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Marketing Through LinkedIn: Tips and Tricks

When professionals gather in one spot of the Internet, you can bet that there will be discussions between experts of their respective fields. If you let them discuss, it will seem like everyone’s ideas are over the place. But out the seeming disorder are the fusions of ideas—even industries—that otherwise wouldn’t be created.

This is the beauty of the professional social media network LinkedIn. Other than feeling safe in a space dedicated to professionals who are mindful about their own careers, you’re also seeing and being seen by like-minded individuals, specifically those coming from your own industry.

The site is not a bad place to start networking and marketing. If anything, it’s one of the best social media platforms out there—at least for B2Bs. Sure, Facebook, Twitter, and Instagram still reign supreme as far as connecting people is concerned, but when using these three, you’re bound to encounter more personal posts than professional ones. In LinkedIn, the former is kept to a minimum—or none at all—and almost everything is a stepping stone toward betterment of work, career, and mindset, among others.

So when you’re on the social media website, what must you do to maximize your marketing efforts? Here are a few tips and tricks to help you connect and expand.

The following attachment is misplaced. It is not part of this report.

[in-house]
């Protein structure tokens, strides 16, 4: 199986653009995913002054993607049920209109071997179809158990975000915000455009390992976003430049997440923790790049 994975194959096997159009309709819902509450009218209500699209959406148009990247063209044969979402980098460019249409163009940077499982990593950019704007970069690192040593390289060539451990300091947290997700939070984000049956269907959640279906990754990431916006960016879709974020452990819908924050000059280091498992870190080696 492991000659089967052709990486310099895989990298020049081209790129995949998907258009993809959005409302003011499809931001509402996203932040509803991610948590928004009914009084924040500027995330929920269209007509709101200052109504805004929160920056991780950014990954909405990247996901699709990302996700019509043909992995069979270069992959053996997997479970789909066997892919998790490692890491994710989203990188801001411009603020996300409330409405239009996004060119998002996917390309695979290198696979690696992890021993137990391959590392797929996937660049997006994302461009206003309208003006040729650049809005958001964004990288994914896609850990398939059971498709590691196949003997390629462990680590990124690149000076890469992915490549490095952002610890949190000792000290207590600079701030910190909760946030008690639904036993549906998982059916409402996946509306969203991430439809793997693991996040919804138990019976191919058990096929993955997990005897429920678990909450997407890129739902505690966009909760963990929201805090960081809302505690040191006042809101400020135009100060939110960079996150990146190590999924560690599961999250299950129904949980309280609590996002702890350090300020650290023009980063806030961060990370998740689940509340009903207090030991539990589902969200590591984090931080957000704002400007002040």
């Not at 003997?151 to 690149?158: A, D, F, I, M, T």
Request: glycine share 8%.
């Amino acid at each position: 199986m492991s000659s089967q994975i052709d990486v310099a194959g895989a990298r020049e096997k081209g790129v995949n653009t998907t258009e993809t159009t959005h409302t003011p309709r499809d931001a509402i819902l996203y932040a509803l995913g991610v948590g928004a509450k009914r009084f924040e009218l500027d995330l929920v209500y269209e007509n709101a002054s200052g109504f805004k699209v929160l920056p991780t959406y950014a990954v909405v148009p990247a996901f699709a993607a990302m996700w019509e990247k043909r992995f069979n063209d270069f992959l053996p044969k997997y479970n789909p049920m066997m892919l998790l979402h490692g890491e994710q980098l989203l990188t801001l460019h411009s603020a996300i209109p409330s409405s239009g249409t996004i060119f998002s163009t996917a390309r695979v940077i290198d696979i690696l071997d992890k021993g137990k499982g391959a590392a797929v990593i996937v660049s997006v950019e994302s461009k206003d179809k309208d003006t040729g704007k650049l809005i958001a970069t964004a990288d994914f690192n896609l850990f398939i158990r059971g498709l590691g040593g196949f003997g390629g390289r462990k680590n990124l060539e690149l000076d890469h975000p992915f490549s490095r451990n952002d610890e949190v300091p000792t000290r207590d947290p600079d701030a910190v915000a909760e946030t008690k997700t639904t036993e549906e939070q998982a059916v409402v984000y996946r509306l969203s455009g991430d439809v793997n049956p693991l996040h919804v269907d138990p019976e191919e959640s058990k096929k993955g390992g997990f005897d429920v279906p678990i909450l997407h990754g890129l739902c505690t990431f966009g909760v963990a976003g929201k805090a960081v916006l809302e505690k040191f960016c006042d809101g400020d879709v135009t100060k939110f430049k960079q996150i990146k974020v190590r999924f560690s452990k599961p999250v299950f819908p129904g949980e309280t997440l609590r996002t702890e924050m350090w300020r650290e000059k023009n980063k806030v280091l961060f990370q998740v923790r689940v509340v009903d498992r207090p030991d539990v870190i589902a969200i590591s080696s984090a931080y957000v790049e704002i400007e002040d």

Marketing Tip #1: Post High-Quality Content

Post High-Quality Content

Great content leads to more connections. The more quality posts you have, the more visible you are to your niche audience and the public in general. How else do you expand if people can’t see what you have in store for them?

A big no is saturating your profile with mediocre content just to say that you’re posting regularly. It’s more about quality than quantity—but it’s also beneficial if you cater to both. If you have the insight to back your posts up, then people will flock to your profile.

Connect with Personalized Invites

Automation has its pros and cons. It’s highly efficient, but it does sacrifice a humanizing component (more on that later). Just look at the template LinkedIn provides when you’re about to send an invite to a person you want to connect with. It’s generic and, although quite formal in its own right, tiresome to read over and over.

Personalize your requests to connect. It shows that you took the time to compose a message. You can say how you genuinely liked their post or their work or say that you found their content inspiring—things a default email cannot express. People appreciate sincerity.

Marketing Tip #3: Take Advantage of Customized URLs

Take Advantage of Customized URLs

If you took the time to spice up your profile—which you must—then you might as well go all the way. Personalizing your LinkedIn web address gives your own space on the platform, makes you stand out from the other 467 million users, and serves as an easier resource for people who want to discover you via Google search. Not to mention your profile’s ranking in Google’s search results page.